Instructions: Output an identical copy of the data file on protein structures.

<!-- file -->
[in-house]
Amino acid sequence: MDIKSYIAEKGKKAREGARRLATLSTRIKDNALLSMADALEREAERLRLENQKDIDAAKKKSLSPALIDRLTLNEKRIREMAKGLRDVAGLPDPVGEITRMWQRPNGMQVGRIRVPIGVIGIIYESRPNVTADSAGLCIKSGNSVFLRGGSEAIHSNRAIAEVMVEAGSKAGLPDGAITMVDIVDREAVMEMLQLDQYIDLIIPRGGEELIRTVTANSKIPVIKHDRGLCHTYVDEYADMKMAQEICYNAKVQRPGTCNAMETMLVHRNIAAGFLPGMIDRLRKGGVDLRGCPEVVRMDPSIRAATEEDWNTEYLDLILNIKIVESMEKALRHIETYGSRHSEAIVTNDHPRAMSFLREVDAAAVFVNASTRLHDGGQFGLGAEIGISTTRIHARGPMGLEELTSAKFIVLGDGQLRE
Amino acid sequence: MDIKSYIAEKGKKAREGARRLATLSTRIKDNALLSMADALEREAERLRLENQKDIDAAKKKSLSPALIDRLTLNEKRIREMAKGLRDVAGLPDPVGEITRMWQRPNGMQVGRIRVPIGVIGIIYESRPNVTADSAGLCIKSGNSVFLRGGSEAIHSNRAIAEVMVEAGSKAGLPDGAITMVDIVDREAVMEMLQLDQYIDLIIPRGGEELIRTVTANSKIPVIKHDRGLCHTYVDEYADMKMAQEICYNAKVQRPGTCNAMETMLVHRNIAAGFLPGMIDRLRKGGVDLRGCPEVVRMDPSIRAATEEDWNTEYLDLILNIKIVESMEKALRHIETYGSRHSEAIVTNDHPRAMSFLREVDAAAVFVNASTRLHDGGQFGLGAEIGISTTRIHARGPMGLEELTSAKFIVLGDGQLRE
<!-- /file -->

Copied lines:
[in-house]
Amino acid sequence: MDIKSYIAEKGKKAREGARRLATLSTRIKDNALLSMADALEREAERLRLENQKDIDAAKKKSLSPALIDRLTLNEKRIREMAKGLRDVAGLPDPVGEITRMWQRPNGMQVGRIRVPIGVIGIIYESRPNVTADSAGLCIKSGNSVFLRGGSEAIHSNRAIAEVMVEAGSKAGLPDGAITMVDIVDREAVMEMLQLDQYIDLIIPRGGEELIRTVTANSKIPVIKHDRGLCHTYVDEYADMKMAQEICYNAKVQRPGTCNAMETMLVHRNIAAGFLPGMIDRLRKGGVDLRGCPEVVRMDPSIRAATEEDWNTEYLDLILNIKIVESMEKALRHIETYGSRHSEAIVTNDHPRAMSFLREVDAAAVFVNASTRLHDGGQFGLGAEIGISTTRIHARGPMGLEELTSAKFIVLGDGQLRE
Amino acid sequence: MDIKSYIAEKGKKAREGARRLATLSTRIKDNALLSMADALEREAERLRLENQKDIDAAKKKSLSPALIDRLTLNEKRIREMAKGLRDVAGLPDPVGEITRMWQRPNGMQVGRIRVPIGVIGIIYESRPNVTADSAGLCIKSGNSVFLRGGSEAIHSNRAIAEVMVEAGSKAGLPDGAITMVDIVDREAVMEMLQLDQYIDLIIPRGGEELIRTVTANSKIPVIKHDRGLCHTYVDEYADMKMAQEICYNAKVQRPGTCNAMETMLVHRNIAAGFLPGMIDRLRKGGVDLRGCPEVVRMDPSIRAATEEDWNTEYLDLILNIKIVESMEKALRHIETYGSRHSEAIVTNDHPRAMSFLREVDAAAVFVNASTRLHDGGQFGLGAEIGISTTRIHARGPMGLEELTSAKFIVLGDGQLRE